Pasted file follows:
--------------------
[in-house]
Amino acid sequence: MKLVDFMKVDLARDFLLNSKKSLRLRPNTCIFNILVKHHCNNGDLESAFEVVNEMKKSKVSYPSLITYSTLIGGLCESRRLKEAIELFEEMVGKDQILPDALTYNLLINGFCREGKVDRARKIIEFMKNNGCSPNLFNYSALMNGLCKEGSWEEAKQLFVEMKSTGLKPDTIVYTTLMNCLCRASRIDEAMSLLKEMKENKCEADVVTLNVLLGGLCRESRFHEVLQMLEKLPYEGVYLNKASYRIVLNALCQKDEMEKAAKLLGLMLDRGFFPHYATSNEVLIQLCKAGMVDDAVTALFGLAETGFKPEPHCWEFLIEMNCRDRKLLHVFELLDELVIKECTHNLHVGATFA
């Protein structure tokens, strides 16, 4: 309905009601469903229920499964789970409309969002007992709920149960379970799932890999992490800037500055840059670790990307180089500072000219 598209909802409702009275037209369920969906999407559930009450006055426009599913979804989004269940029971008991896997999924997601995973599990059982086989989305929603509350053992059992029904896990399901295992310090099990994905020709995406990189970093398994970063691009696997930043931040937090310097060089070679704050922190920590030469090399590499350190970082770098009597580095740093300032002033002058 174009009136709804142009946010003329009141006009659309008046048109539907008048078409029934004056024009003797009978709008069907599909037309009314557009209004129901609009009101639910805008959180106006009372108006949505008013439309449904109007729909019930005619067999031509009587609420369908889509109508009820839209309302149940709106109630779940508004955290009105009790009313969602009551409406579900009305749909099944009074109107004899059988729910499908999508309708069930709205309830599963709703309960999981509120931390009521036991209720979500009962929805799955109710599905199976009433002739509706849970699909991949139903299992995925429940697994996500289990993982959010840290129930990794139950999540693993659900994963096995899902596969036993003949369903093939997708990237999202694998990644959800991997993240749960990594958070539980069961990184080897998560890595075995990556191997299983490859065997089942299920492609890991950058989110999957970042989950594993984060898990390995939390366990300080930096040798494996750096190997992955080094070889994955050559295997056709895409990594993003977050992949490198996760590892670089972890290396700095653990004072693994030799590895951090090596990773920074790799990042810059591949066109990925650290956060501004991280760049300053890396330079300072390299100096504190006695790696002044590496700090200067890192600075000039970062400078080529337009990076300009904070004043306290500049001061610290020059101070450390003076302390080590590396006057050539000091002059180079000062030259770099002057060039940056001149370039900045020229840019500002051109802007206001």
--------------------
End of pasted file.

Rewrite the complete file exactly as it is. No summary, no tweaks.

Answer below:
[in-house]
Amino acid sequence: MKLVDFMKVDLARDFLLNSKKSLRLRPNTCIFNILVKHHCNNGDLESAFEVVNEMKKSKVSYPSLITYSTLIGGLCESRRLKEAIELFEEMVGKDQILPDALTYNLLINGFCREGKVDRARKIIEFMKNNGCSPNLFNYSALMNGLCKEGSWEEAKQLFVEMKSTGLKPDTIVYTTLMNCLCRASRIDEAMSLLKEMKENKCEADVVTLNVLLGGLCRESRFHEVLQMLEKLPYEGVYLNKASYRIVLNALCQKDEMEKAAKLLGLMLDRGFFPHYATSNEVLIQLCKAGMVDDAVTALFGLAETGFKPEPHCWEFLIEMNCRDRKLLHVFELLDELVIKECTHNLHVGATFA
């Protein structure tokens, strides 16, 4: 309905009601469903229920499964789970409309969002007992709920149960379970799932890999992490800037500055840059670790990307180089500072000219 598209909802409702009275037209369920969906999407559930009450006055426009599913979804989004269940029971008991896997999924997601995973599990059982086989989305929603509350053992059992029904896990399901295992310090099990994905020709995406990189970093398994970063691009696997930043931040937090310097060089070679704050922190920590030469090399590499350190970082770098009597580095740093300032002033002058 174009009136709804142009946010003329009141006009659309008046048109539907008048078409029934004056024009003797009978709008069907599909037309009314557009209004129901609009009101639910805008959180106006009372108006949505008013439309449904109007729909019930005619067999031509009587609420369908889509109508009820839209309302149940709106109630779940508004955290009105009790009313969602009551409406579900009305749909099944009074109107004899059988729910499908999508309708069930709205309830599963709703309960999981509120931390009521036991209720979500009962929805799955109710599905199976009433002739509706849970699909991949139903299992995925429940697994996500289990993982959010840290129930990794139950999540693993659900994963096995899902596969036993003949369903093939997708990237999202694998990644959800991997993240749960990594958070539980069961990184080897998560890595075995990556191997299983490859065997089942299920492609890991950058989110999957970042989950594993984060898990390995939390366990300080930096040798494996750096190997992955080094070889994955050559295997056709895409990594993003977050992949490198996760590892670089972890290396700095653990004072693994030799590895951090090596990773920074790799990042810059591949066109990925650290956060501004991280760049300053890396330079300072390299100096504190006695790696002044590496700090200067890192600075000039970062400078080529337009990076300009904070004043306290500049001061610290020059101070450390003076302390080590590396006057050539000091002059180079000062030259770099002057060039940056001149370039900045020229840019500002051109802007206001």